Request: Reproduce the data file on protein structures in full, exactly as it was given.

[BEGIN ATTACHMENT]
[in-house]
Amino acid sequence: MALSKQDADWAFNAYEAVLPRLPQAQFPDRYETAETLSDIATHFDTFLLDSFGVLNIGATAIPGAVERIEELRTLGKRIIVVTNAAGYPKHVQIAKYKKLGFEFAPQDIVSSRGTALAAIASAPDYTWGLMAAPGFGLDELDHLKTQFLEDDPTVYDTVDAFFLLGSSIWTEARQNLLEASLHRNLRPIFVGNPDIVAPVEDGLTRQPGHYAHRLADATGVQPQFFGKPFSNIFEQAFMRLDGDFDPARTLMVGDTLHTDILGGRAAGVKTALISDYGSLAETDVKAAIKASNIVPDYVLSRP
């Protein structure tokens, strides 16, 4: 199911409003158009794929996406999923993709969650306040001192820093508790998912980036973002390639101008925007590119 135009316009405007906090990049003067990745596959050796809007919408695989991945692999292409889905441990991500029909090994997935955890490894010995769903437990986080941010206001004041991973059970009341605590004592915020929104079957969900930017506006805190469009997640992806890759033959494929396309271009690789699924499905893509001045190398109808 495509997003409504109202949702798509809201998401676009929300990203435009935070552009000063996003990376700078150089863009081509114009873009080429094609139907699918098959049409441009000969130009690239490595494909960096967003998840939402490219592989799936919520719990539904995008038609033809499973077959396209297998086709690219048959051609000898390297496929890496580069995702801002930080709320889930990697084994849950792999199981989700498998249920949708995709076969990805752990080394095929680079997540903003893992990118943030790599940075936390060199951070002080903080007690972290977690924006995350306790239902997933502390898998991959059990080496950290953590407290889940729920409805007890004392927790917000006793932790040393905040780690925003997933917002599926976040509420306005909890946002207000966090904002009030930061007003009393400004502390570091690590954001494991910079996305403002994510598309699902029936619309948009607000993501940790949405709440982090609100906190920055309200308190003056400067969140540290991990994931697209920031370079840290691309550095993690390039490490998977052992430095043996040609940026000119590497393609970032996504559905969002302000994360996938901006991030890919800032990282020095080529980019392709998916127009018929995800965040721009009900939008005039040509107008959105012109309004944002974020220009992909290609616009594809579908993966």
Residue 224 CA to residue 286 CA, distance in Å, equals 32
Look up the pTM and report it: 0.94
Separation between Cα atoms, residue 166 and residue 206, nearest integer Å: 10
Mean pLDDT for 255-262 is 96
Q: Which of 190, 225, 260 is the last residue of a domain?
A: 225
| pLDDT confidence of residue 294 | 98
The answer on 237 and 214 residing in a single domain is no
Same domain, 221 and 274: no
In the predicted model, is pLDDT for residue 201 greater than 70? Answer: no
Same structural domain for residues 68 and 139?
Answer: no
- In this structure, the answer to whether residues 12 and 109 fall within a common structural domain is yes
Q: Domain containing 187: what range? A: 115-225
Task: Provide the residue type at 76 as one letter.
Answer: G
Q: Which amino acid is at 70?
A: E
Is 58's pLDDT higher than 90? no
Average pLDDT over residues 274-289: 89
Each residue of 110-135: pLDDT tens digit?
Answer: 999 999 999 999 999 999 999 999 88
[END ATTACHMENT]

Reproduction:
[in-house]
Amino acid sequence: MALSKQDADWAFNAYEAVLPRLPQAQFPDRYETAETLSDIATHFDTFLLDSFGVLNIGATAIPGAVERIEELRTLGKRIIVVTNAAGYPKHVQIAKYKKLGFEFAPQDIVSSRGTALAAIASAPDYTWGLMAAPGFGLDELDHLKTQFLEDDPTVYDTVDAFFLLGSSIWTEARQNLLEASLHRNLRPIFVGNPDIVAPVEDGLTRQPGHYAHRLADATGVQPQFFGKPFSNIFEQAFMRLDGDFDPARTLMVGDTLHTDILGGRAAGVKTALISDYGSLAETDVKAAIKASNIVPDYVLSRP
């Protein structure tokens, strides 16, 4: 199911409003158009794929996406999923993709969650306040001192820093508790998912980036973002390639101008925007590119 135009316009405007906090990049003067990745596959050796809007919408695989991945692999292409889905441990991500029909090994997935955890490894010995769903437990986080941010206001004041991973059970009341605590004592915020929104079957969900930017506006805190469009997640992806890759033959494929396309271009690789699924499905893509001045190398109808 495509997003409504109202949702798509809201998401676009929300990203435009935070552009000063996003990376700078150089863009081509114009873009080429094609139907699918098959049409441009000969130009690239490595494909960096967003998840939402490219592989799936919520719990539904995008038609033809499973077959396209297998086709690219048959051609000898390297496929890496580069995702801002930080709320889930990697084994849950792999199981989700498998249920949708995709076969990805752990080394095929680079997540903003893992990118943030790599940075936390060199951070002080903080007690972290977690924006995350306790239902997933502390898998991959059990080496950290953590407290889940729920409805007890004392927790917000006793932790040393905040780690925003997933917002599926976040509420306005909890946002207000966090904002009030930061007003009393400004502390570091690590954001494991910079996305403002994510598309699902029936619309948009607000993501940790949405709440982090609100906190920055309200308190003056400067969140540290991990994931697209920031370079840290691309550095993690390039490490998977052992430095043996040609940026000119590497393609970032996504559905969002302000994360996938901006991030890919800032990282020095080529980019392709998916127009018929995800965040721009009900939008005039040509107008959105012109309004944002974020220009992909290609616009594809579908993966």
Residue 224 CA to residue 286 CA, distance in Å, equals 32
Look up the pTM and report it: 0.94
Separation between Cα atoms, residue 166 and residue 206, nearest integer Å: 10
Mean pLDDT for 255-262 is 96
Q: Which of 190, 225, 260 is the last residue of a domain?
A: 225
| pLDDT confidence of residue 294 | 98
The answer on 237 and 214 residing in a single domain is no
Same domain, 221 and 274: no
In the predicted model, is pLDDT for residue 201 greater than 70? Answer: no
Same structural domain for residues 68 and 139?
Answer: no
- In this structure, the answer to whether residues 12 and 109 fall within a common structural domain is yes
Q: Domain containing 187: what range? A: 115-225
Task: Provide the residue type at 76 as one letter.
Answer: G
Q: Which amino acid is at 70?
A: E
Is 58's pLDDT higher than 90? no
Average pLDDT over residues 274-289: 89
Each residue of 110-135: pLDDT tens digit?
Answer: 999 999 999 999 999 999 999 999 88